Recently I wrote a letter to the Naples Daily News on how the U.S. Congress exercised their freedom of religion and by doing so maintained a cooperative relationship between the church and state that carried on well into the twentieth century.
Thomas Hughes, Naples
At the time the U.S. Constitution was framed, there were 55 members of Congress and virtually every one of them was a member of an orthodox Christian church. Some “fruits of their labor” — in 1800, Congress approved the Capitol to be used as a church building and by 1867 it was the largest church in Washington, D.C., with up to 2,000 attending weekly.
In 1864, by law, Congress added “In God We Trust” to American coinage. In 1931, Congress by law adopted the Star-Spangled Banner as the official National Anthem, with its phrase, “this be our motto, ‘In God is our trust!'” In 1954, Congress, by law, added the phrase “one nation under God” to the Pledge of Allegiance.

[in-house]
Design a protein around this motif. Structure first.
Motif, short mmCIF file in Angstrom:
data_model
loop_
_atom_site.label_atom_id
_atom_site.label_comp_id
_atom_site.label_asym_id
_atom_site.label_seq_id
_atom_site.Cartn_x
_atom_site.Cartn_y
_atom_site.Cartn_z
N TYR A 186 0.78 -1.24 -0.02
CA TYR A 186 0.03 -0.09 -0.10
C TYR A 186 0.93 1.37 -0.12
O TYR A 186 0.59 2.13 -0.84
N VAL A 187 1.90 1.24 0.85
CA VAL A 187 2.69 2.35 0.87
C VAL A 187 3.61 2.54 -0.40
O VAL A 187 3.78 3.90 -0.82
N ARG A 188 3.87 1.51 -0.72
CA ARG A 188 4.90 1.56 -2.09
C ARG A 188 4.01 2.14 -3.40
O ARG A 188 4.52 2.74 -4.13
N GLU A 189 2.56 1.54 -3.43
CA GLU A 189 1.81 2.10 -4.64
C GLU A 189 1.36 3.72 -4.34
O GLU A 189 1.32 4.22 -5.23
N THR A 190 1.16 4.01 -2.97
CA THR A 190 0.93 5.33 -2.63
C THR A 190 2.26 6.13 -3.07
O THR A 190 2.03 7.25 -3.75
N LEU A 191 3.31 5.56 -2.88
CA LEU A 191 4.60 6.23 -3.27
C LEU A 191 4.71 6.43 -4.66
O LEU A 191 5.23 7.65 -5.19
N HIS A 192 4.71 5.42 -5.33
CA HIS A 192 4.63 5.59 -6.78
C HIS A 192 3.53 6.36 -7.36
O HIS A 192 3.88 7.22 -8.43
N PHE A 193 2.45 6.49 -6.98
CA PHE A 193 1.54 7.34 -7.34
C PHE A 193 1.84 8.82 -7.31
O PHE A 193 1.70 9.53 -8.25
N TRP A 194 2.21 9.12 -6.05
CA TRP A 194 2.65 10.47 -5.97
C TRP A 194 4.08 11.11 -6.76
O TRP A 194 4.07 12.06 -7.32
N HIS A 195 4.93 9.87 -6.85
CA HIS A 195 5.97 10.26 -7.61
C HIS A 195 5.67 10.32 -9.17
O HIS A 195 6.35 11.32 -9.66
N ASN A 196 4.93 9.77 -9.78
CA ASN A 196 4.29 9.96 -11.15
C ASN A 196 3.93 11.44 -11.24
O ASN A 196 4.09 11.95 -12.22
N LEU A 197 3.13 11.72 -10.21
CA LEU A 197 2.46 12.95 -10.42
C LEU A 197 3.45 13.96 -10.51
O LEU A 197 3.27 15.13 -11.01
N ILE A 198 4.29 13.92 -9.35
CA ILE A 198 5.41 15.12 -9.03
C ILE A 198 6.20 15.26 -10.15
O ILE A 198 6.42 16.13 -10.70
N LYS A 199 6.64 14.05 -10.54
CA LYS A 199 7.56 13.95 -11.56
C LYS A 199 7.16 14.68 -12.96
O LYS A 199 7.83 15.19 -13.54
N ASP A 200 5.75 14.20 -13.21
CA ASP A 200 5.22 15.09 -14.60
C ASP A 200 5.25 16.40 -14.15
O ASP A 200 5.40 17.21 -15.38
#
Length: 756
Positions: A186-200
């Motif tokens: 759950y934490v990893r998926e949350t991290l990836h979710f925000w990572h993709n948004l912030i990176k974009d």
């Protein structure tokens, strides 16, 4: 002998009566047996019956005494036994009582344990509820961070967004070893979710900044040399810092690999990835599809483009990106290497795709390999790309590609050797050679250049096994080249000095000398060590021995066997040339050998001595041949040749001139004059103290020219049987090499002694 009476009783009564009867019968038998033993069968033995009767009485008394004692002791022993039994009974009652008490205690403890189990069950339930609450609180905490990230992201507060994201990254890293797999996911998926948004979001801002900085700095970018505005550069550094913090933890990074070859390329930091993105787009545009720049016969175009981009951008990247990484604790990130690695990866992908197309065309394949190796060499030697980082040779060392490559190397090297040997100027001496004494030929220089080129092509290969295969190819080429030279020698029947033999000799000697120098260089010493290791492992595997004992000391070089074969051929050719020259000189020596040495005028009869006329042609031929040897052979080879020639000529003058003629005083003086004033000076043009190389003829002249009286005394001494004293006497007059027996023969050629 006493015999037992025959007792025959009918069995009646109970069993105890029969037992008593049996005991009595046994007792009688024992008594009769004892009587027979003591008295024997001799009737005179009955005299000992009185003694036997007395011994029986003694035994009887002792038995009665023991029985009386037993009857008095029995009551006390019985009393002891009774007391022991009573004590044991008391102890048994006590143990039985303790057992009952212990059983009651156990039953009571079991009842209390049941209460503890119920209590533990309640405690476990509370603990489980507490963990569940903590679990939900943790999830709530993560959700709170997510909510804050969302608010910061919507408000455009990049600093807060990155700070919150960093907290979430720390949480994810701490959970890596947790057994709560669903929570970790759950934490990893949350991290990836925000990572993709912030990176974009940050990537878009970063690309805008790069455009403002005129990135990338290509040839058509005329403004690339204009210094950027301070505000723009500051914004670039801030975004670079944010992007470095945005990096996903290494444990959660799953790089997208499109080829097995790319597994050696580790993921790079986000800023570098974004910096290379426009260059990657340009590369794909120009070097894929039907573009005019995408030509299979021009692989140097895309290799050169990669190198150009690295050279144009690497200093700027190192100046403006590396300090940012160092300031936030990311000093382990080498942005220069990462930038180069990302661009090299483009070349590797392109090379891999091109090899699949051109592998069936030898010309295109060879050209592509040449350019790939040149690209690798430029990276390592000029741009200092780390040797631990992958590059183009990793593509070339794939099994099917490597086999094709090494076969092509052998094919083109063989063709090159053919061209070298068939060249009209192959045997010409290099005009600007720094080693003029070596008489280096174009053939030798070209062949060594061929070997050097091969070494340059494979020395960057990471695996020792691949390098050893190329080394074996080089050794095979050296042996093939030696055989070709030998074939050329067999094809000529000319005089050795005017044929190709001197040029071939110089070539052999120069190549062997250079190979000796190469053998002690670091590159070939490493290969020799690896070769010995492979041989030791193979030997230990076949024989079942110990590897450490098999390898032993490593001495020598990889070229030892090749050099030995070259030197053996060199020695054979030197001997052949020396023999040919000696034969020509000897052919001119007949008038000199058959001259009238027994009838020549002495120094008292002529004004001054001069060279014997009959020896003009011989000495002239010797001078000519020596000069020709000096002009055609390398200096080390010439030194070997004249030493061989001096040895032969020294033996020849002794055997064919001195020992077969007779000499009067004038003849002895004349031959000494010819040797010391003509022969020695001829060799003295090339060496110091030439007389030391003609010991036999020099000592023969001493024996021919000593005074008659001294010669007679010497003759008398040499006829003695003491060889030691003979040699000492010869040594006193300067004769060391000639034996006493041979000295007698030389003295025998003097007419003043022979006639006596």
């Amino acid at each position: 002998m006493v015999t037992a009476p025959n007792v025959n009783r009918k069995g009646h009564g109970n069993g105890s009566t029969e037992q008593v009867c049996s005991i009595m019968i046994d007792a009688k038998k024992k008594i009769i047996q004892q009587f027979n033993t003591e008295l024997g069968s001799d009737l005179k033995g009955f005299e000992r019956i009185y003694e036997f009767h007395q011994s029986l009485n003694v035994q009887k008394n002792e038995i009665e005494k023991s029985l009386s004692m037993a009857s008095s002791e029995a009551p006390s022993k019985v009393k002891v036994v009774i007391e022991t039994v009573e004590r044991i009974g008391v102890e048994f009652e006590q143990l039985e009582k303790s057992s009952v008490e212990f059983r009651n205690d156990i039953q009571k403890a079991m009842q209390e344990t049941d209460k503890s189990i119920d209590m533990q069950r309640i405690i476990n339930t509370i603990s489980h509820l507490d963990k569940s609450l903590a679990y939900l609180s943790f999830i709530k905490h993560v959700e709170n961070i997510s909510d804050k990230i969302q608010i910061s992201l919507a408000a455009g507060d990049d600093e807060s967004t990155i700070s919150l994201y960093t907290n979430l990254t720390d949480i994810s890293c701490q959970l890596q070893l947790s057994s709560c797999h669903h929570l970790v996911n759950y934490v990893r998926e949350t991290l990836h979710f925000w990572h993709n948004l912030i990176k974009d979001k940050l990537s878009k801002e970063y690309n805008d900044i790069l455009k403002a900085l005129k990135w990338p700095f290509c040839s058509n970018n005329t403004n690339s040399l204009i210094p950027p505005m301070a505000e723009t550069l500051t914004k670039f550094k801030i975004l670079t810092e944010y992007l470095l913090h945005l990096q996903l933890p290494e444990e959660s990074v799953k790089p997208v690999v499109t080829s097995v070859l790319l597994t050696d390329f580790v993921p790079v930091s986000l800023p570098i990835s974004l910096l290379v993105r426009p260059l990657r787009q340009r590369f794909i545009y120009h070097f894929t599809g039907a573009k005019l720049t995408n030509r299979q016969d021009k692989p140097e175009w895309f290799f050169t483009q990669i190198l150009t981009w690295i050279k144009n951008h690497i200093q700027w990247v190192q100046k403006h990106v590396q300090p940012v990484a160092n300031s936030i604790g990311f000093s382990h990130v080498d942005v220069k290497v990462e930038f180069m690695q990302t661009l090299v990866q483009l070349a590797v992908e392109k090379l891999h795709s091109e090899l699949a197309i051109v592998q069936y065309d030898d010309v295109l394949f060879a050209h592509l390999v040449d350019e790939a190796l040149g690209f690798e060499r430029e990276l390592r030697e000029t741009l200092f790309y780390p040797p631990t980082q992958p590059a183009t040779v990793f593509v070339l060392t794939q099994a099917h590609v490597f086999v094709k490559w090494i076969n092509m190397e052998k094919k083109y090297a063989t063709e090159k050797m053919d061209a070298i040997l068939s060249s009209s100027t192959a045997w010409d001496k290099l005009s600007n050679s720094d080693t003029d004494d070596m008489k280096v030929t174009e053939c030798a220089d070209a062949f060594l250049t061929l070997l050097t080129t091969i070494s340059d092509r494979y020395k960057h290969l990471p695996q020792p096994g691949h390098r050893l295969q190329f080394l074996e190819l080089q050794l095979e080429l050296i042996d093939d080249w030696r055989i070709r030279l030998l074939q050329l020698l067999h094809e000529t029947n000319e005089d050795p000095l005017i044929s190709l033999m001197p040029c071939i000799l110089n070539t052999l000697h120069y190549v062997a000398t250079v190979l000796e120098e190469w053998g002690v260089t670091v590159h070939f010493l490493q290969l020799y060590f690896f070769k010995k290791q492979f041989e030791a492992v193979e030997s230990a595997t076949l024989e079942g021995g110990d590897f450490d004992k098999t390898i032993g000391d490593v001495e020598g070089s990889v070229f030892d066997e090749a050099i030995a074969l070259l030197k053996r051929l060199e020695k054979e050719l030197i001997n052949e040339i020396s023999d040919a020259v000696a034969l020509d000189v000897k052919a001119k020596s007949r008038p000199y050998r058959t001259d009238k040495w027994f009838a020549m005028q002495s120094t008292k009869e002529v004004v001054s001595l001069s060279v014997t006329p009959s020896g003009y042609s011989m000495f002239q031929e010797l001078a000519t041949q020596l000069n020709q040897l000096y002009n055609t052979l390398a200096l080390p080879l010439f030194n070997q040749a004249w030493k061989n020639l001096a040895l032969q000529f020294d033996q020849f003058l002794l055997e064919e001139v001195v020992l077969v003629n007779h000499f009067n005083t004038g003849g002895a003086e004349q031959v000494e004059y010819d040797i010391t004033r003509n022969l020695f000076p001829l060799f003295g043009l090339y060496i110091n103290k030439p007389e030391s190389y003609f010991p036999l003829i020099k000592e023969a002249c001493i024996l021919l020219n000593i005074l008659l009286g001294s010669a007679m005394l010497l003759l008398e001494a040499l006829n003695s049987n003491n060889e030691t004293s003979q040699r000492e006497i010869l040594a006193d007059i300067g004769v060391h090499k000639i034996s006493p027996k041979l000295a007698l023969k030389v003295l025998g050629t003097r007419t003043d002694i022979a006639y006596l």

Were not the founders aware that they were in violation of the “wall” of separation between church and state? Quite frankly, the “wall” myth has grown tiresome and should be explicitly abandoned.
According to the Pew Research Center, 92 percent of today’s members of Congress profess to be Christians. In regards to the “fruit” hanging on their tree, it is rotten and if you dig down and examine the roots you would see nothing but the decaying of our First Amendment rights.
Our representatives need to be reminded of the oath they took under Article IV, Section IV of the U.S. Constitution, which states: “The United States shall guarantee to every state in this union a Republican form of government.” That means, in America’s republic, they should recognize an authority higher than themselves and the people as the source of our laws.
Blessings – Thomas Hughes
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